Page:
October 22, 2012

The Emperor Moth

About five years ago Lena and I were checking out a used book store near our trailer up north, when we came across this old copy of a devotional that we found to be quite a gem. It is a collation of devotions and tracts written by Spurgeon, Ryle, and many other authors not as well known. The theme of most of the devotions is how to deal with suffering and disappointments. Chas. E. Cowan was a missionary sent to Japan and Korea, but due to failing health he was compelled to return home where for six years "a battle was waged between life and death". This unexpected providence of God was difficult for them to process. They collected tracts, meditations and poems that were encouraging to them and shared them with others who were suffering. Here is one of them that was helpful to me.

Streams in the Desert
by Mrs. Chas. E. Cowan
Twenty - Second Edition, 1943

January 9
"For I reckon that the sufferings of this present time are not worthy to be compared with the glory that shall be revealed in us." (Romans 8:18)

I kept for nearly a year the flask-shaped cocoon of an emperor moth. It is very peculiar in its construction. A narrow opening is left in the neck of the flask, through which the perfect insect forces its way, so that a forsaken cocoon is as entire as one still tenanted, no rupture of the interlacing fibers having taken place. The great disproportion between the means of egress and the size of the imprisoned insect makes one wonder how the exit is ever accomplished at all - and it never is without great labour and difficulty. It is supposed that the pressure to which the moth's body is subjected in passing through such a narrow opening is a provision of nature for forcing the juices into the vessels of the wings, these being less developed at the period of emerging from the chrysalis than they are in other insects.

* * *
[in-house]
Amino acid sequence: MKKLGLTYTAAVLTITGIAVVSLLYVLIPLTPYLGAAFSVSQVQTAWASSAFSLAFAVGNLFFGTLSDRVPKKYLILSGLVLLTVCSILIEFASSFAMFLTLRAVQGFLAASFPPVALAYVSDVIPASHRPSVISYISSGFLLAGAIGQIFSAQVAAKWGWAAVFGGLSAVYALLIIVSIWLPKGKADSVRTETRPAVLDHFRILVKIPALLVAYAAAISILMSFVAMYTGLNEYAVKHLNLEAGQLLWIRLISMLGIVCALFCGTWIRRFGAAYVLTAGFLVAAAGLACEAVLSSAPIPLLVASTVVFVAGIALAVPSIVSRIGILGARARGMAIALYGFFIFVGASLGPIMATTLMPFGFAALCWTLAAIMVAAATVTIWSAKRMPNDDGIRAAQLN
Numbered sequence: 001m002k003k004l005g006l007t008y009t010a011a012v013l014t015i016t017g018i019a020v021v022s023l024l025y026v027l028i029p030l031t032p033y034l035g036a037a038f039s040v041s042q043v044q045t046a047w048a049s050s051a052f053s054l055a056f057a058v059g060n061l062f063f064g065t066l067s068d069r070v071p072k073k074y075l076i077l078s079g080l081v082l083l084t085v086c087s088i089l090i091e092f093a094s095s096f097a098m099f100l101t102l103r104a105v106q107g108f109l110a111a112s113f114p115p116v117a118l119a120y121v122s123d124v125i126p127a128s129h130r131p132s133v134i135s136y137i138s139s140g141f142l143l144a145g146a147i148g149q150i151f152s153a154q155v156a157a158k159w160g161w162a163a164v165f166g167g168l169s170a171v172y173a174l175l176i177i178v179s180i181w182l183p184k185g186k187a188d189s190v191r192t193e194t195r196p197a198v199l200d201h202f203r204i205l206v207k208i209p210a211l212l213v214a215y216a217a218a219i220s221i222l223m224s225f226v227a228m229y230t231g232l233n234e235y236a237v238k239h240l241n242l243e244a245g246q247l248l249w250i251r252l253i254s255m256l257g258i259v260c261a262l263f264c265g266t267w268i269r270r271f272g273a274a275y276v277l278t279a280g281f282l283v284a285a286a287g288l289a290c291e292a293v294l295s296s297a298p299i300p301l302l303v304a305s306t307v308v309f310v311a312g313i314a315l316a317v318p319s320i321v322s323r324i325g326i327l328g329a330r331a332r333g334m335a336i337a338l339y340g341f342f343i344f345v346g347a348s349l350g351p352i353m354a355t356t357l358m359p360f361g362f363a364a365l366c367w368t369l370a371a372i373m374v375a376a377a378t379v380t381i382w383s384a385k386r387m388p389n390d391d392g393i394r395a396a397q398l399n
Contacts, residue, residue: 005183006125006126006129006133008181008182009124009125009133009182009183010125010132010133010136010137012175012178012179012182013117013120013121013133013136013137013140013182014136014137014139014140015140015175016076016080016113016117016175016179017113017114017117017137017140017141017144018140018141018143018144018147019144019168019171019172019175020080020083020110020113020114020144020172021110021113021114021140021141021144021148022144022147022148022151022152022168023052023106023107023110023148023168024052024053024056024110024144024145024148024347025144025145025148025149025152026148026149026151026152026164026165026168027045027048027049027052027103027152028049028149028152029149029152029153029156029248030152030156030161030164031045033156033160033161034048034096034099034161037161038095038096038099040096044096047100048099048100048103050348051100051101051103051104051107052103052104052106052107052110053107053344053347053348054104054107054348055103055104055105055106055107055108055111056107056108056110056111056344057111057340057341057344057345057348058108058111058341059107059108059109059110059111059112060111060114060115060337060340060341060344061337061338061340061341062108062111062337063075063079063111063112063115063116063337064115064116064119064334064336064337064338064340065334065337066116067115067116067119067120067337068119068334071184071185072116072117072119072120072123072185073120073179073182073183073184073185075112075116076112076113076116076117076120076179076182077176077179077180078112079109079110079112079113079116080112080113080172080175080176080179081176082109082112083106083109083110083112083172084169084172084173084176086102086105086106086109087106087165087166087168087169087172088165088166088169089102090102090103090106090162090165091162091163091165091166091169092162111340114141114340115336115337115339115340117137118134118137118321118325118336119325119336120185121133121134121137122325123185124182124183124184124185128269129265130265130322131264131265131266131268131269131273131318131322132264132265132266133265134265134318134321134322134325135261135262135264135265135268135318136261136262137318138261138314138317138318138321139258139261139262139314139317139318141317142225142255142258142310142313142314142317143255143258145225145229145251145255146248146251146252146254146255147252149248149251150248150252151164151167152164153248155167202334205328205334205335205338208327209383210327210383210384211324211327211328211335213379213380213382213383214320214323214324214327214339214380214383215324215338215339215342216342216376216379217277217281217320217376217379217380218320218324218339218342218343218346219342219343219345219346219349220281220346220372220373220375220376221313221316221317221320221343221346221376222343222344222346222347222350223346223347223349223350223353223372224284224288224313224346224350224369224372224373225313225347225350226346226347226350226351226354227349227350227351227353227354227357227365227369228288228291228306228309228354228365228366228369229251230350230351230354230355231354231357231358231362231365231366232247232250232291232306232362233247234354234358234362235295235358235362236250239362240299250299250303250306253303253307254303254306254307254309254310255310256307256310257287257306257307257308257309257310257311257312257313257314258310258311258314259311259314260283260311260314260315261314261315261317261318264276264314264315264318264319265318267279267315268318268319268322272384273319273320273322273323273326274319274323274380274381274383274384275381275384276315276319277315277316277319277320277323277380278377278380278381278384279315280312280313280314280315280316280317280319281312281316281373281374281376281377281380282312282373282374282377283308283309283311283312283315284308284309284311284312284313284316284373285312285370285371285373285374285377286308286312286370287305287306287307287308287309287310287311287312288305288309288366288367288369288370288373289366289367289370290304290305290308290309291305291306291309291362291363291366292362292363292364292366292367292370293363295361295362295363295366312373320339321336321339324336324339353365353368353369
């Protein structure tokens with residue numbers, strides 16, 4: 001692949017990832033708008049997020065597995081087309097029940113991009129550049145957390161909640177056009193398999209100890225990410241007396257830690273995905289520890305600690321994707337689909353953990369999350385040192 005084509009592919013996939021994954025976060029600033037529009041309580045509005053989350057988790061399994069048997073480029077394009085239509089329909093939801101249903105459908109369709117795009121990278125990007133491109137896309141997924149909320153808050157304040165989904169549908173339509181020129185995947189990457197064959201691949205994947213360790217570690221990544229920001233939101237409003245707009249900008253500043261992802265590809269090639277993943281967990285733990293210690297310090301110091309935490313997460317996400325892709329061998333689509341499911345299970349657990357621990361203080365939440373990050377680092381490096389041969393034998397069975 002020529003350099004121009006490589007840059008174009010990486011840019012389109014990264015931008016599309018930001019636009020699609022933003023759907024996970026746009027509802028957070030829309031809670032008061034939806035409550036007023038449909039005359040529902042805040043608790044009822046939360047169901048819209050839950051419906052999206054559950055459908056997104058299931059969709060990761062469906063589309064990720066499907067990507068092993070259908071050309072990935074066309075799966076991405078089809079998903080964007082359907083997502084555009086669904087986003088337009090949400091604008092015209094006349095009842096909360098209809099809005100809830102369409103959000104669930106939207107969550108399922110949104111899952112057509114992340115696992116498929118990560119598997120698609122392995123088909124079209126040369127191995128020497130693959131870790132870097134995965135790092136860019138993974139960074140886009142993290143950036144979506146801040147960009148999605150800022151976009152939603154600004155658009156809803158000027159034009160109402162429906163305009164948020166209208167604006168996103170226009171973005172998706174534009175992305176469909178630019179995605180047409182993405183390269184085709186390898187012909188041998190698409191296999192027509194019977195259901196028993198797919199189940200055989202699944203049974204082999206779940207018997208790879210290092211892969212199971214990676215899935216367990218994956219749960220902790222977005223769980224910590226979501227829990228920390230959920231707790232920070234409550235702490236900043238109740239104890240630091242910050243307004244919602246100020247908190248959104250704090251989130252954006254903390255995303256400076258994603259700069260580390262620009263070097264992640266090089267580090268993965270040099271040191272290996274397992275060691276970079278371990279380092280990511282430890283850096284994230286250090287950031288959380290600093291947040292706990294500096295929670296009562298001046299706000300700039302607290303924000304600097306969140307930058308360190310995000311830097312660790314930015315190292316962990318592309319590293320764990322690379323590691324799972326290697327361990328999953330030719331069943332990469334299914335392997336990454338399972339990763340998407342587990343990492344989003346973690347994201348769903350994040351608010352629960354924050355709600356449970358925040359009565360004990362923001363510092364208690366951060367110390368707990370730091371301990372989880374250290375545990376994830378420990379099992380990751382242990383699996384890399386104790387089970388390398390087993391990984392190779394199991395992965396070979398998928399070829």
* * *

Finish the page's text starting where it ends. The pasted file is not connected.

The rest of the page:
I happened to witness the first efforts of my prisoned moth to escape from its long confinement. During a whole forenoon, from time to time, I watched it patiently striving and struggling to get out. It never seemed able to get beyond a certain point, and at last my patience was exhausted. Very probably the confining fibers were drier and less elastic than if the cocoon had been left all winter on its native heather, as nature meant it to be. At all events I thought I was wiser and more compassionate than its Maker, and I resolved to give it a helping hand. With the point of my scissors I snipped the confining threads to make the exit a little easier, and lo! Immediately, and with perfect ease, out crawled my moth dragging a large swollen body and little shrivelled wings. In vain I watched to see that marvellous process of expansion in which these silently and swiftly develop before one's eyes; and as I traced the exquisite spots and markings of divers colours which were all there in miniature, I longed to see these assume their due proportions and the creature to appear in all its perfect beauty, as it is, in truth, one of the
loveliest of its kind. But I looked in vain. My false tenderness had proved its ruin. It never was anything but a stunted abortion, crawling painfully through that brief life which it should have spent flying through the air on rainbow wings.

Source: http://www.marslandmoths.co.uk/Latest/?p=3030

Source: http://www.marslandmoths.co.uk/Latest/?p=3030

Source: http://www.marslandmoths.co.uk/Latest/?p=3030

I have thought of it often, often, when watching with pitiful eyes those who were struggling with sorrow, suffering, and distress; and I would fain cut short the discipline and give deliverance. Short-sighted man! How know I that one of these pangs or groans could be spared? The far-sighted, perfect love that seeks the perfection of its object does not weakly shrink from present, transient suffering. Our Father's love is too true to be weak. Because He loves His children, He chastises them that they may be partakers of His holiness. With this glorious end in view, He spares not for their crying. Made perfect through sufferings, as the Elder Brother was, the sons of God are trained up to obedience and brought to glory through much tribulation. - Tract


  1. Dear Mr. Westerink, Thank you for the continued effort you put into ministering to us all. I pray and think of you daily. Last night the kids and I finished reading "Little Pilgrim's Progress" and I thought of you as Christian was passing through the Dark River and walking up the little path to the gates and the Shining Ones were holding their hands and said, 'you will never be tired or sad anymore. You will have work to do for the King, but it will be easy and pleasant.' Pleading that our faithful Father will continue to uplift you through your journey. Ericka

  2. Thank you! Just what I needed to read.

  3. i love this, what a great word picture to put things into perspective...pray God we would all grasp this truth more....